Insights

You May Have Lost Touch with Your Barber, But Don’t Lose Touch with Your Collections

In times of economic uncertainty (such as the one created by COVID-19), one of your organization’s most important considerations is undoubtedly cash and, by extension, accounts receivable. If cash cannot be collected for the revenues a company has earned, then its ability to cover continuing obligations (e.g., payroll expenses, accounts payable, and debt payments) may be jeopardized.

Just as your organization is “rationing” its own vendor payments, your customers are likely doing the same. To keep the cash flowing even when customers are facing restrictions on their available funds, consider the following options:

  • Authorize your collections team to approach or respond to those customers who are at a potential risk of payment delays, or possibly even default, with options to renegotiate payment terms. Working with customers to develop affordable payment plans that help ease their cash flow burdens will not only show good faith and garner loyalty, but it will also aid in the predictability of your own cash inflows.
  • Accelerate cash flows from accounts receivable, as well as potentially transfer some risk of nonpayment, by factoring the assets to a third-party purchaser.

Regardless of your company’s response to mitigating its potential bad debts, the accounting implications of each must be considered, including re-evaluating the company’s policy for reserving bad debts in light of current events.

 

Assessing Collectability and Estimating Bad Debts

With the potential for increased delinquency in accounts receivable, it is important to consider whether an increase in bad debts is also likely. If extended payment terms help a customer to pay in full, there should generally be no impact to accounting for accounts receivable. However, you may need to re-evaluate your methodology for estimating bad debts to account for longer-aging accounts receivable. Also, impacts of the extended payment terms on other areas (for example, revenue recognition) should be considered.

If doubt of collectability persists even after payment plans are established, additional bad debt reserves may need to be recorded. Consider the following scenarios and questions that may be key to mitigating your risks using the company’s current resources:

Screen Shot 2020-04-29 at 10.07.51 AMAn ongoing assessment of these scenarios will provide you with valuable insight into cash collection patterns and expectations during these uncertain economic times.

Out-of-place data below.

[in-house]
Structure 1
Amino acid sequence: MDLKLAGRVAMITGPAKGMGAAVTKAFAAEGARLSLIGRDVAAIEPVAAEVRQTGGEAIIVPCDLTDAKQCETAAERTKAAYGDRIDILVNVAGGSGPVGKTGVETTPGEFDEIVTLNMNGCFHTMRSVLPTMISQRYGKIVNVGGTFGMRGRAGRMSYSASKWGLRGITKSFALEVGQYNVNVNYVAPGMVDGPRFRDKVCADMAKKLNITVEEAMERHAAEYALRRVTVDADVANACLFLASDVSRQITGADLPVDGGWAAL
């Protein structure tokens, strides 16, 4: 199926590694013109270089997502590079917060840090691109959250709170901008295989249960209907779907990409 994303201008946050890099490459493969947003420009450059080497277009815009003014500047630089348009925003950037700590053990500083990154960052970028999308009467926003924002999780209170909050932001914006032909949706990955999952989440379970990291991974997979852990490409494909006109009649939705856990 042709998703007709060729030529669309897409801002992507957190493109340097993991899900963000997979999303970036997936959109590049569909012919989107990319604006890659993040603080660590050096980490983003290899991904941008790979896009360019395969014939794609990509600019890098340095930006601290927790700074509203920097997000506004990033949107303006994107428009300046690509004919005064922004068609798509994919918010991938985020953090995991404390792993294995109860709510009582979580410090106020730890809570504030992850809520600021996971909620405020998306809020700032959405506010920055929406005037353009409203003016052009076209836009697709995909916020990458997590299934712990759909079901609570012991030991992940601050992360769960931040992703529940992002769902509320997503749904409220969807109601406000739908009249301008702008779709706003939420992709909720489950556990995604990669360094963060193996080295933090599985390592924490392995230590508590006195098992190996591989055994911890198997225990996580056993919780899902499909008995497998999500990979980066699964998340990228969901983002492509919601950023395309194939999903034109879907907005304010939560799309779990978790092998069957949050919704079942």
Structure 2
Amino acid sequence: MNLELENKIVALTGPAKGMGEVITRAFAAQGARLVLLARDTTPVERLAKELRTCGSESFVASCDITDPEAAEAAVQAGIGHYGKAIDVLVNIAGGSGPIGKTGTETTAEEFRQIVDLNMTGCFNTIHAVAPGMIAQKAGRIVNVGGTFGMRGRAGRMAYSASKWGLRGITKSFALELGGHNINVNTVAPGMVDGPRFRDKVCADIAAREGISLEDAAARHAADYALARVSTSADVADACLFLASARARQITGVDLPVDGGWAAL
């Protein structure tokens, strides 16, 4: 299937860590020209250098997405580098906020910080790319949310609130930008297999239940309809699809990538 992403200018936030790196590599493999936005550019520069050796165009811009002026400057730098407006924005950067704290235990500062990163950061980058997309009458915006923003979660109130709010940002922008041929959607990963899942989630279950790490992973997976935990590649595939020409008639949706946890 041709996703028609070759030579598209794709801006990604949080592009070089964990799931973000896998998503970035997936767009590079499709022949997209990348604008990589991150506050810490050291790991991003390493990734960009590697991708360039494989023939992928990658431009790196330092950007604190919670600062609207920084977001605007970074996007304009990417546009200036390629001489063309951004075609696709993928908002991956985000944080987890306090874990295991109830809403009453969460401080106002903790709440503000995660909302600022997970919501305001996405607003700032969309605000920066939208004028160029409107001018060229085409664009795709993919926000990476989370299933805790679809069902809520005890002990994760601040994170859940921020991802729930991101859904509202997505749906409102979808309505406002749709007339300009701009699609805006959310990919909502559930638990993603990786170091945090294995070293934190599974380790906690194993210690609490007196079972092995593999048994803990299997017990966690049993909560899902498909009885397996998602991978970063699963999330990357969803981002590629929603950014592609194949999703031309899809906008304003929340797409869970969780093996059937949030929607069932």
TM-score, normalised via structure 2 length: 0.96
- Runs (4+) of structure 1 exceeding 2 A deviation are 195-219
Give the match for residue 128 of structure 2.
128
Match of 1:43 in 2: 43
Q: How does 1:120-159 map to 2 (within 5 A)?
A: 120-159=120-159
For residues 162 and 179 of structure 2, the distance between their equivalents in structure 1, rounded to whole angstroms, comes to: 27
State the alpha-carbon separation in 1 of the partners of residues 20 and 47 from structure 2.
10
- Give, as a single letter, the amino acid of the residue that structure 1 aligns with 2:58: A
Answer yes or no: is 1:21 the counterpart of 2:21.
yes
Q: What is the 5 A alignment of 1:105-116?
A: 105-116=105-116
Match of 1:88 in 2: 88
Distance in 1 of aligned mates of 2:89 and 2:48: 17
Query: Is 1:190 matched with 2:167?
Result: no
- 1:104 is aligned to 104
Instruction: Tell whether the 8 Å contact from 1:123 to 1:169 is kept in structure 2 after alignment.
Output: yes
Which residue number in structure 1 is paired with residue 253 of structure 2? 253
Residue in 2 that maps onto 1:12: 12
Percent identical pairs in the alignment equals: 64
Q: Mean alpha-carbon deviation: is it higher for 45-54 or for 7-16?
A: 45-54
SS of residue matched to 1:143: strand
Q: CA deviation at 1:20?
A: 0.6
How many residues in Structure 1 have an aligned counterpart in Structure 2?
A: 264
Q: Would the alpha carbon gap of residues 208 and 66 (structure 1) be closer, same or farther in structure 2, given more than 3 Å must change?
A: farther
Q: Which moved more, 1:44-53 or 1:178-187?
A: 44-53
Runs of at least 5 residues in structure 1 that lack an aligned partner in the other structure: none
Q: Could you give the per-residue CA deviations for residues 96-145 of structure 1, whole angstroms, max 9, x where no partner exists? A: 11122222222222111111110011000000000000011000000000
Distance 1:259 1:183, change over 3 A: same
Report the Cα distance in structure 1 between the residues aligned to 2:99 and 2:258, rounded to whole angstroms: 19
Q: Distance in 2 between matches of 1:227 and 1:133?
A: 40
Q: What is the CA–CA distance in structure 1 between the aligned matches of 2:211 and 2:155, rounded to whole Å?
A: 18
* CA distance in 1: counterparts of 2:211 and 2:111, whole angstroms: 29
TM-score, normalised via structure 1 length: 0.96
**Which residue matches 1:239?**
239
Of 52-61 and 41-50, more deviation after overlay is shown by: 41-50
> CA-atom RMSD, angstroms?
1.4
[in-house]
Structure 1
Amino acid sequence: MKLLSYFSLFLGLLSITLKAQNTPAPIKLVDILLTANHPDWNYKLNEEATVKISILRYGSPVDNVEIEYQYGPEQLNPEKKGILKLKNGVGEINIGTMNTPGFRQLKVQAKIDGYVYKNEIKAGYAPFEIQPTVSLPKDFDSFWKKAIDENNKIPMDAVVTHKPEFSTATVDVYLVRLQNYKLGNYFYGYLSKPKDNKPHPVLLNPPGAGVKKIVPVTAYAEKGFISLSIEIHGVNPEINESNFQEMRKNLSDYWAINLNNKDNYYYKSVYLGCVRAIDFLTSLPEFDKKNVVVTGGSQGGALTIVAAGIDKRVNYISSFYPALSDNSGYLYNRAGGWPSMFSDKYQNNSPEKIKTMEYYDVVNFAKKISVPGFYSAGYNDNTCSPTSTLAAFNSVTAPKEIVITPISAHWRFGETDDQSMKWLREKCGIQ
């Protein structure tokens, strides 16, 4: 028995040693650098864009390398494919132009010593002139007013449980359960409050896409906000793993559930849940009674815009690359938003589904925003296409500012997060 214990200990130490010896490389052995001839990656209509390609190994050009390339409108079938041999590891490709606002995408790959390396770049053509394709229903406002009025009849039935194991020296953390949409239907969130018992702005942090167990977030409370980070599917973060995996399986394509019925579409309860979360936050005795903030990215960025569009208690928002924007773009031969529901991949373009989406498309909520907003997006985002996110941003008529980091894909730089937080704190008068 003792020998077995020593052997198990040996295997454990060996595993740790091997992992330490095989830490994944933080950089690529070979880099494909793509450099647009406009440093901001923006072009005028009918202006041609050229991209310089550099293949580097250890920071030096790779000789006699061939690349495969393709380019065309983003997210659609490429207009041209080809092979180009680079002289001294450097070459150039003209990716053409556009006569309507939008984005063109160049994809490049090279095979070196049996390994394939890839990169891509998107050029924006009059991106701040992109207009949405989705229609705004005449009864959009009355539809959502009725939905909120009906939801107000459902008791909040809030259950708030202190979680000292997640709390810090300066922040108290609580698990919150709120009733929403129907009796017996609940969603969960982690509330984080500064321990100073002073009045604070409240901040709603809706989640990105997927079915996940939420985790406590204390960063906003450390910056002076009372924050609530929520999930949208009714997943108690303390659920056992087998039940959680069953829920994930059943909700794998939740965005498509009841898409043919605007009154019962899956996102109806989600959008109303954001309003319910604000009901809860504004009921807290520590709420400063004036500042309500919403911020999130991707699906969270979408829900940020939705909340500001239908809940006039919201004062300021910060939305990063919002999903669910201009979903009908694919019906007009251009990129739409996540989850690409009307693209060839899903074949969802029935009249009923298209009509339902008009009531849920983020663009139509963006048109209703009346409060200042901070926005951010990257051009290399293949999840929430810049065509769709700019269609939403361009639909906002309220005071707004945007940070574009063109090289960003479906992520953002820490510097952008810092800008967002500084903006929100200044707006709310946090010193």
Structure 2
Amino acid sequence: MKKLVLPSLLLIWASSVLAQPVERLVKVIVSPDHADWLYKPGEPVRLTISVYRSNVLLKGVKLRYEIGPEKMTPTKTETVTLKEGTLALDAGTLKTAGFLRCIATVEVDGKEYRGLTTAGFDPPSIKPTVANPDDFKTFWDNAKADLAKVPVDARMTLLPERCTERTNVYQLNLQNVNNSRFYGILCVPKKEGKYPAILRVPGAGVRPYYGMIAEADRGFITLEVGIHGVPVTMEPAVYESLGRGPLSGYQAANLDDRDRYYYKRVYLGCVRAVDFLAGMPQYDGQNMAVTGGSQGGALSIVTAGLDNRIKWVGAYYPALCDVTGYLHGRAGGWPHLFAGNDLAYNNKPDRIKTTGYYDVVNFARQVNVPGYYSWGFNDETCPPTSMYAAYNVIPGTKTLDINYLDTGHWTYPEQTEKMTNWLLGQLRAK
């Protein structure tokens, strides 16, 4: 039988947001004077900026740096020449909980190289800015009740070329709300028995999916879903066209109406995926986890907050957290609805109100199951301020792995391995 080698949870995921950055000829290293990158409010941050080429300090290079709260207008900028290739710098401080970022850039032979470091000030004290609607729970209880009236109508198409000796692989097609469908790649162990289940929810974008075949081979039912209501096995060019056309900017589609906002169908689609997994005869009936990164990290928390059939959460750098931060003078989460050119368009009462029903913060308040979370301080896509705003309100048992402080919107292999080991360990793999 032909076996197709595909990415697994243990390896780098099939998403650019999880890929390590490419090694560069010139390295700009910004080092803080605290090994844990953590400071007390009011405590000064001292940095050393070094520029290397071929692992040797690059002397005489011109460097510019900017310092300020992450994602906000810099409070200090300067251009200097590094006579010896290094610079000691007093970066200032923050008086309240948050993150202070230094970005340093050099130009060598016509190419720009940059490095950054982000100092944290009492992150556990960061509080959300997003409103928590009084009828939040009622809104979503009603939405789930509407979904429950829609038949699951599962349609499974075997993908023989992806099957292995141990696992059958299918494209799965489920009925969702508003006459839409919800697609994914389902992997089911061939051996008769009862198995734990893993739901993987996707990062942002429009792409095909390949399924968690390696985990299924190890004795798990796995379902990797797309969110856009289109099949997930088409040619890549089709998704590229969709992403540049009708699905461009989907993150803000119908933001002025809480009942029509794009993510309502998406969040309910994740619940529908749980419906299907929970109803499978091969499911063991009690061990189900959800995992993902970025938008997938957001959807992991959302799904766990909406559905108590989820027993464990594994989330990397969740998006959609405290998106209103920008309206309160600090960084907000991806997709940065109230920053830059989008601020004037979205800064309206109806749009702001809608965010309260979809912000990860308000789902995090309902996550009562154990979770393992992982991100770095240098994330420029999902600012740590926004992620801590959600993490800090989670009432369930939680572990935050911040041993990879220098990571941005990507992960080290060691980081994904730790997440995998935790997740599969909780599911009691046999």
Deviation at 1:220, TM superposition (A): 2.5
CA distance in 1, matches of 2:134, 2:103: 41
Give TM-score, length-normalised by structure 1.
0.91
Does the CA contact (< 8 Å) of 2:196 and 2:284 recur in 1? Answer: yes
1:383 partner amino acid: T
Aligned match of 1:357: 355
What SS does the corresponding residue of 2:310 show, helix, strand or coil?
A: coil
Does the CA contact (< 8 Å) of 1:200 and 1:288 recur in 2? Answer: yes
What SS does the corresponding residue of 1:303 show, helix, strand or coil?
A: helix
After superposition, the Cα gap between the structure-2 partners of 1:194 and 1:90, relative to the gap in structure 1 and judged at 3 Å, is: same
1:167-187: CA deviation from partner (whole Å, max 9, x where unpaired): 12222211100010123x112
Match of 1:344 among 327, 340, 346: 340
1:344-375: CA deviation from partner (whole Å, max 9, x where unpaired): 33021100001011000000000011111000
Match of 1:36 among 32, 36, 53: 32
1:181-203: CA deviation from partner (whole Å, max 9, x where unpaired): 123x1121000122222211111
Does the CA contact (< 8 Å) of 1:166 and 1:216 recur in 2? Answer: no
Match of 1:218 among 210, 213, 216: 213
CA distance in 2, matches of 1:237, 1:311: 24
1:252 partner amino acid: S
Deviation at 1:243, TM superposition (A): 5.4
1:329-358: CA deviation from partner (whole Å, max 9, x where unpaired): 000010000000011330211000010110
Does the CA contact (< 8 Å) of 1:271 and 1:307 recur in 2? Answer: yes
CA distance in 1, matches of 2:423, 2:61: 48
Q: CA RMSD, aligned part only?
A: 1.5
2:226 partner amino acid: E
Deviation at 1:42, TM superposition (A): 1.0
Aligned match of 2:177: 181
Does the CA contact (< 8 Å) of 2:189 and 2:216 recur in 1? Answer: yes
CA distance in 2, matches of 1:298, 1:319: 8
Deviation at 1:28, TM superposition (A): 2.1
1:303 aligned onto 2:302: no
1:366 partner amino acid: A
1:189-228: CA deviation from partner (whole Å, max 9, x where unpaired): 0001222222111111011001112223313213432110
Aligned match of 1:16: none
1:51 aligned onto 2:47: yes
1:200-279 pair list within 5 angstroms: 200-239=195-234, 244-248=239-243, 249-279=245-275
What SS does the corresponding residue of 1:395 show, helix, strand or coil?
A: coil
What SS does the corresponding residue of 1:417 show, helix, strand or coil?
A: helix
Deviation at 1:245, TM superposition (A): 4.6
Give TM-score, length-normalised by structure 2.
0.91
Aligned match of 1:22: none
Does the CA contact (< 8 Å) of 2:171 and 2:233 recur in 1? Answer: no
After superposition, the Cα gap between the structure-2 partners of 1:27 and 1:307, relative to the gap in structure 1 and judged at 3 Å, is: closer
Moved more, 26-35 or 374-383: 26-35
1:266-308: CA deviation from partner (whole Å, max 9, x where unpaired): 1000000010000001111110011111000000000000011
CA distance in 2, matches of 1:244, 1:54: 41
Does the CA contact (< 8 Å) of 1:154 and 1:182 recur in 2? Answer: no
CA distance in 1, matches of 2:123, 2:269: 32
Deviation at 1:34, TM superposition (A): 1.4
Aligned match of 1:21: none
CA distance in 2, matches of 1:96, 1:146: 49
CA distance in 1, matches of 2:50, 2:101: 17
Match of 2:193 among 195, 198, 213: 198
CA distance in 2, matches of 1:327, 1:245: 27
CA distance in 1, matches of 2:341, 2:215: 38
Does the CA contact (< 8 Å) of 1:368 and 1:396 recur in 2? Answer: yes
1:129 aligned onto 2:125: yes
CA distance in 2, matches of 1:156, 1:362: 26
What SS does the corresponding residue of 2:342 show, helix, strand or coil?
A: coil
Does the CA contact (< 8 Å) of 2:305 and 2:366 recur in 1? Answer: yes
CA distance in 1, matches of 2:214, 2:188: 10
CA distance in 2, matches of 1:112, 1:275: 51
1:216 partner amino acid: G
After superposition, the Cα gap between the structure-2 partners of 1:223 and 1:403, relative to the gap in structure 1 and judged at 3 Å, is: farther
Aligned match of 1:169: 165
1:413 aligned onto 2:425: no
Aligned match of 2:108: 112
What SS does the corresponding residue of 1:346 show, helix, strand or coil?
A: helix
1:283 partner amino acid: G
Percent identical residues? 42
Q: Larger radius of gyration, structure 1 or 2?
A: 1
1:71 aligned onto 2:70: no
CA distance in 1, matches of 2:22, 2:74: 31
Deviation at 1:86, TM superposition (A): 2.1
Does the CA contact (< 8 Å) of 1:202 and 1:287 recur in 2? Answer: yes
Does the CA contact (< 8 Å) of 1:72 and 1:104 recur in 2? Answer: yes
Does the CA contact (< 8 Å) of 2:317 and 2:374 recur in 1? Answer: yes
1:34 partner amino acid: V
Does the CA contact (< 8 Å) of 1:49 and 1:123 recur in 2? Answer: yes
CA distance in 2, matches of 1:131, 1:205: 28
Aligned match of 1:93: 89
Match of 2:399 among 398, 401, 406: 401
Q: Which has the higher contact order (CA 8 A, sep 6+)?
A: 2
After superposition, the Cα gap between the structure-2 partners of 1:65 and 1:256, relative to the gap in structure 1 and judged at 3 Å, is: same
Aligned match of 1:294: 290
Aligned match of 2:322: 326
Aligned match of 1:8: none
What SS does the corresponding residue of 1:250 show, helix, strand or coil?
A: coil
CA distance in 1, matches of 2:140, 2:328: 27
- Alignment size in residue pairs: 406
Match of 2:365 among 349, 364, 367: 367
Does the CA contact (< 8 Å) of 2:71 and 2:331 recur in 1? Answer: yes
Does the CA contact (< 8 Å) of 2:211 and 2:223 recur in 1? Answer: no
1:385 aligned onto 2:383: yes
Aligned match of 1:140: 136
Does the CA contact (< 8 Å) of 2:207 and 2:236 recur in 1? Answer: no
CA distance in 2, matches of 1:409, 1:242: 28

Extracting Cash Flows from Existing Accounts Receivable

Another option you might evaluate to accelerate cash flows is factoring the organization’s accounts receivable. While this can be a way to monetize what is becoming a riskier and a potentially longer-term asset, remember that accounts receivable pledged as collateral elsewhere are not available for factoring.

Also, there are numerous terms and conditions that may be included in a factoring agreement, each with different accounting implications. Typically, the terms of a factoring agreement will result in the sale of accounts receivable, wherein the company would recognize a cash inflow and derecognize the accounts receivable asset. While you have essentially converted one current asset to another, there are financial statement implications:

  • Working capital metrics may be impacted, requiring assessment of the impact on the organization’s debt covenants.
  • The company may be required to guarantee some level of collection performance of the accounts receivable that have been sold. This would require the recognition of a contingent liability to make the purchaser whole for any uncollectible accounts.
  • The sale of receivables at a discount results in a loss recognized in the income statement. This is especially true given the current economic uncertainty caused by COVID-19, as increased collection risks on factored receivables would likely increase the discounts demanded by the third-party purchaser of the receivables.

Thus, you must consider the terms of any potential factoring arrangement and the resulting accounting treatment under GAAP to ensure the benefits of factoring accounts receivable are not outweighed by unforeseen repercussions.

As you guide your organization through these uncertain times, establishing robust processes and controls around accounts receivable and cash collections will ensure accurate financial reporting, and establishing strong communications both within the organization and externally with your customers will build the loyalty needed for the organization to emerge stronger as this crisis abates.

 

 

Our latest guidebook provides leaders with a roadmap to enhance resiliency plans, simplify operations, address new financial requirements, and more. To download, please click the link below.

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